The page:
# Initialization failed till usage of skew normal distribution in likelyhood

Hello! This is my model. When I try to sample from it I get this error:
Initialization between (-2, 2) failed after 100 attempts.
Try specifying initial values, reducing ranges of constrained values, or reparameterizing the model.
Rejecting initial value:
Log probability evaluates to log(0), i.e. negative infinity.
Stan can’t start sampling from this initial value.

If I replace skew_normal with normal, then sampling works.
Could you help to fix that problem please?

``````functions{
real multiplicative_impact(
real value, real feature, real impact_coef, real impact_bias) {
return exp(impact_coef * real_feature + impact_bias) * value;
}
}
data {
int<lower=0> N;
real x1[N];
real x2[N];
real x3[N];

real y[N];
}
parameters {
real coef1;
real coef2;
real<lower=0, upper=1> vote_coef;

real impact_coef;
real impact_bias;

real<lower=0> omega;
real alpha;
}
model {
real mean;
real impact_mean;
coef1 ~ normal(0, 1);
coef2 ~ normal(0, 1);
vote_coef ~ normal(0.5, 0.05);
impact_coef ~ normal(0, 1);
impact_bias ~ normal(0, 1);
omega ~ cauchy(0, 0.05);
alpha ~ normal(0, 1);
for (n in 1:N) {
mean = vote_coef * coef1 * x1[n] + (1 - vote_coef) * coef2 *  x2[n];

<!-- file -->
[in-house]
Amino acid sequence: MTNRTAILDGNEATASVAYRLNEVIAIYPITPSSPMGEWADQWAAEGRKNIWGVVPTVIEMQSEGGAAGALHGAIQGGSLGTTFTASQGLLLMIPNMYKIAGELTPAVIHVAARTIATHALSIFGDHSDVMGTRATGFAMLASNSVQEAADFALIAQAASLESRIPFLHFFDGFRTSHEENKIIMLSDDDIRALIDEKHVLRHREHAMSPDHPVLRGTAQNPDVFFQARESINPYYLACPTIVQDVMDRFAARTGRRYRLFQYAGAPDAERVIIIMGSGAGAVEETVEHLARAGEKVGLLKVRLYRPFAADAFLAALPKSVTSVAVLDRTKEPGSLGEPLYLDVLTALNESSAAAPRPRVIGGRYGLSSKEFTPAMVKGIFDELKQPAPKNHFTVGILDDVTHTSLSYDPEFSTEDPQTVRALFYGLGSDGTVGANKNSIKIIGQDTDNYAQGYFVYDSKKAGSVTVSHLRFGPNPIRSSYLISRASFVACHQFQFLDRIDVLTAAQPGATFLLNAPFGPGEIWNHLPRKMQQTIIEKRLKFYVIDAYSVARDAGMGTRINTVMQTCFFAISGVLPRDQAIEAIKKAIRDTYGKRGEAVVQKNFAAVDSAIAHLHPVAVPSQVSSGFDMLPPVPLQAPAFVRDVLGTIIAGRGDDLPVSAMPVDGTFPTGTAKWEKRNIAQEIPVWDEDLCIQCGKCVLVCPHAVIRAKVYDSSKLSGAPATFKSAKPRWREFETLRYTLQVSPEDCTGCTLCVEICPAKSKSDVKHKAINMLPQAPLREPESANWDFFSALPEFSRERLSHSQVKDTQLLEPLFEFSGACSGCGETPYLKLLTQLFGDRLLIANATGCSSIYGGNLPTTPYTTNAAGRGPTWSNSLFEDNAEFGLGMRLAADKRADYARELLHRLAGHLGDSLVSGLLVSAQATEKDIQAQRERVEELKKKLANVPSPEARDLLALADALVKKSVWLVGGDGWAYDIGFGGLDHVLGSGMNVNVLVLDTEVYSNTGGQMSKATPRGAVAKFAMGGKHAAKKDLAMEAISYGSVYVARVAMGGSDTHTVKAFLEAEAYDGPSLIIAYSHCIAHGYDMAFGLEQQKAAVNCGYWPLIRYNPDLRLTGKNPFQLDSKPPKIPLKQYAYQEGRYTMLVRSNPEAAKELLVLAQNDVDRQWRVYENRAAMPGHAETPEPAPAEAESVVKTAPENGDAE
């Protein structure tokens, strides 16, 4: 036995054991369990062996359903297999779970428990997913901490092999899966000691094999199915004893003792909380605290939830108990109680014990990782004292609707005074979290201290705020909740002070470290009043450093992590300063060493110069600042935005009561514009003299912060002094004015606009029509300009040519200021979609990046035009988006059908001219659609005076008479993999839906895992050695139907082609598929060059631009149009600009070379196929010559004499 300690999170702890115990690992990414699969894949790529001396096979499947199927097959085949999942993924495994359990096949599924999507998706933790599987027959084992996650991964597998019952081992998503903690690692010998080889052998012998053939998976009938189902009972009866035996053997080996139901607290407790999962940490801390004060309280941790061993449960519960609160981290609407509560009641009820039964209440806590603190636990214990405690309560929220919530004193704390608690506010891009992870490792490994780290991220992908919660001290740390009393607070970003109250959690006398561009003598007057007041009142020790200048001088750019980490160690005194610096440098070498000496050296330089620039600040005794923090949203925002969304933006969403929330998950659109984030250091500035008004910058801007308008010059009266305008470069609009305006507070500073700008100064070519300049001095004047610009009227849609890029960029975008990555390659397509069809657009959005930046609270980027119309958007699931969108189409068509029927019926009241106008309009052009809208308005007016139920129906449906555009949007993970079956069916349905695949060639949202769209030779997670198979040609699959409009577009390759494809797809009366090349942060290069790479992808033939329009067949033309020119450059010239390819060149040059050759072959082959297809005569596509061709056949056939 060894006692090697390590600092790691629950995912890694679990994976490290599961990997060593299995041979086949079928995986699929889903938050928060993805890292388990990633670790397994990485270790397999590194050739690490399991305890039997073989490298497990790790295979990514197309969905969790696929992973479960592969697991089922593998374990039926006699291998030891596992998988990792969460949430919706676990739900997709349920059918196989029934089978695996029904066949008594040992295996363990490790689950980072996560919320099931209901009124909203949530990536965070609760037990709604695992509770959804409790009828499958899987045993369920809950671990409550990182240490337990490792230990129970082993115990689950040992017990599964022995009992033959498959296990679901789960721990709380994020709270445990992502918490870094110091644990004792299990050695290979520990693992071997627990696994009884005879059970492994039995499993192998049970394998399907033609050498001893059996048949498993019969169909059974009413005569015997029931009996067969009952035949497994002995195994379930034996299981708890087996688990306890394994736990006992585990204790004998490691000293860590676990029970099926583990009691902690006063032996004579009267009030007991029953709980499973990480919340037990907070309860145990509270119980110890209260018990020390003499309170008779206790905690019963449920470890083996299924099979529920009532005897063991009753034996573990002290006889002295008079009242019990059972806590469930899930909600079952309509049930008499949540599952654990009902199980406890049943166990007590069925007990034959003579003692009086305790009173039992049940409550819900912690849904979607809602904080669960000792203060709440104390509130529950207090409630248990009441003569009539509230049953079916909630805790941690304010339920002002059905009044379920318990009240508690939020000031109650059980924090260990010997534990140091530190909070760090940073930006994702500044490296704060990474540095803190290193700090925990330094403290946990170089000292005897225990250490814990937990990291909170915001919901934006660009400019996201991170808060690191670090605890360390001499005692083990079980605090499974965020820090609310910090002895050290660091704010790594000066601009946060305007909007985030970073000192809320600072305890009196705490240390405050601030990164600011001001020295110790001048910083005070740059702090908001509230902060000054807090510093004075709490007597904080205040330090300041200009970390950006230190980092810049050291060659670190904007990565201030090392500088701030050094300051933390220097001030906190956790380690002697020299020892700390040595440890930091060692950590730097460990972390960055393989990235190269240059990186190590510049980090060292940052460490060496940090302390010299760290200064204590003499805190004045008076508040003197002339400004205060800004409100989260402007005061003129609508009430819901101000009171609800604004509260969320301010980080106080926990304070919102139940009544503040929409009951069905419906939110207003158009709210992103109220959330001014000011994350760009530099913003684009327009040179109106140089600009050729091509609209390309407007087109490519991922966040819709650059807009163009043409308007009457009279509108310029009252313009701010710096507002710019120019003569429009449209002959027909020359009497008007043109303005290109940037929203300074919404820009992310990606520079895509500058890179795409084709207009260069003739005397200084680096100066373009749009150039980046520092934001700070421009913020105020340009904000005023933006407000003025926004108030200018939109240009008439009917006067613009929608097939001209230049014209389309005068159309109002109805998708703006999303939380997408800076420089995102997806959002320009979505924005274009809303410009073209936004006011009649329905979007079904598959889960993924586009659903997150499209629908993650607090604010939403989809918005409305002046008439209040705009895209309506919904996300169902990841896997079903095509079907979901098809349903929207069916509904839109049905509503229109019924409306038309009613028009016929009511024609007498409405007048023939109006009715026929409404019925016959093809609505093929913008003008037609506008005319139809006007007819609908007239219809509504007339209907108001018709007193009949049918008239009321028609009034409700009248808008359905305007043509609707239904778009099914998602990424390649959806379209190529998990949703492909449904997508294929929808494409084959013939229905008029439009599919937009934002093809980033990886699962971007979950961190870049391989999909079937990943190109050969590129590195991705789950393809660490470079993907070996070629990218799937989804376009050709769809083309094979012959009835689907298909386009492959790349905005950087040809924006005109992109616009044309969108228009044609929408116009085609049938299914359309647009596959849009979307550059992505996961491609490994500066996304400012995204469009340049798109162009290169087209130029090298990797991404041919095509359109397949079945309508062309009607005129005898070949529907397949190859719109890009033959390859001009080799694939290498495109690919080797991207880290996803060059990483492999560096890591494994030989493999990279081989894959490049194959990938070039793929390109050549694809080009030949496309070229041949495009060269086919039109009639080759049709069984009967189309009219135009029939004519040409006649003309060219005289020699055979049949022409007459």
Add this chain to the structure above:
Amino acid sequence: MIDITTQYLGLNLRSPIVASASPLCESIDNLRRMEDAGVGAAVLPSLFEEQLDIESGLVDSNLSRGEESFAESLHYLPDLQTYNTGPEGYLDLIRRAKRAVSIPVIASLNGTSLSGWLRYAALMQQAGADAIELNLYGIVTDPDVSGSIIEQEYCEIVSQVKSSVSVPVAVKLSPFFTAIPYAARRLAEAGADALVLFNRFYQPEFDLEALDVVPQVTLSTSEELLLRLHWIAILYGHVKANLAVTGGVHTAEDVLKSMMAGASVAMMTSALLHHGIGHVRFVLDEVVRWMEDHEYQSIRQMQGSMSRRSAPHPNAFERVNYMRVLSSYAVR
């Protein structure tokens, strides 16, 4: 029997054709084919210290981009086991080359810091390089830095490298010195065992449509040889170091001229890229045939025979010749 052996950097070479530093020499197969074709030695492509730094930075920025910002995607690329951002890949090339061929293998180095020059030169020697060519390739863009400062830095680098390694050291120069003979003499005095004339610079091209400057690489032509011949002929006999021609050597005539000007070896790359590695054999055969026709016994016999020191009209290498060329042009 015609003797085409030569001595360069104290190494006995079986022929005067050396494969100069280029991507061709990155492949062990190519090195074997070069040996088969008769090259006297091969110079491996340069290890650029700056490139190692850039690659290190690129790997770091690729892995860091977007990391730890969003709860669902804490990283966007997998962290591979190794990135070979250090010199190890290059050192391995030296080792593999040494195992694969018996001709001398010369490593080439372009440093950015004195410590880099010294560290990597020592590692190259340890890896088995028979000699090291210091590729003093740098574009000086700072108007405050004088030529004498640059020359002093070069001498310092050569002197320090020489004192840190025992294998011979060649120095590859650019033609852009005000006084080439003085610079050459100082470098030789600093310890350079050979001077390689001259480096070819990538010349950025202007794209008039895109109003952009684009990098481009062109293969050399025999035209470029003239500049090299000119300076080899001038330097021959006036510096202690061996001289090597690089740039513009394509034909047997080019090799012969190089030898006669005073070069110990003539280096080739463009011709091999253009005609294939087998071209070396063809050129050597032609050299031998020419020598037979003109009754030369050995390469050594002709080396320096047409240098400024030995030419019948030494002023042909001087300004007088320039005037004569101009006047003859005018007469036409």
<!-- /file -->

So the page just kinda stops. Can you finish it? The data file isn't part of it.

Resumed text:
impact_mean = multiplicative_impact(mean, x3[n], impact_coef, impact_bias);
y[n] ~ skew_normal(impact_mean, omega, alpha);
}
}``````
1 Like

As you probably know, the error message indicates that the data are impossible given the model and parameters tried out during initialization. This suggests that your priors could be improved.

You could do a prior predictive check to investigate the data broadly implied by your priors.

To do this, comment out the line with skew_normal from your code and add a generated quantities block in which you calculate impact_mean as in the model block and use skew_normal_rng to generate hypothetical y. Run the model for 1000 or so iterations and then plot iteration-wise histograms (I like to overlay a partially transparent histograms ) to check if the data implied by your model and parameters are broadly consistent with data that are plausible (given domain expertise).

Hope this helps :-)

1 Like

I find it strange that everything works with normal distribution. If I am not mistaken skew normal is more general case of normal distribution in other words skew normal is normal up to a constant when alpha == 0

It’s also possible that Stan’s skew normal implementation just has a bug. The initial guess is usually not very good and that `multiplicative_impact` function can easily push `impact_mean` very far from y. Far in the left tail of `skew_normal` the calculation underflows and the sampler cannot start.

Here, this should be a bit more stable approximation

``````functions {
real robust_skew_normal_lpdf(real y, real xi, real omega, real alpha) {
real diff = alpha * (y - xi)/omega;
if (diff > -35) {
return skew_normal_lpdf(y| xi, omega, alpha);
} else {
return normal_lpdf(y| xi, omega) - 0.5*square(diff) - log(-diff) - 0.2266;
}
}
}
model {
...
y[n] ~ robust_skew_normal(impact_mean, omega, alpha);
}
``````
3 Likes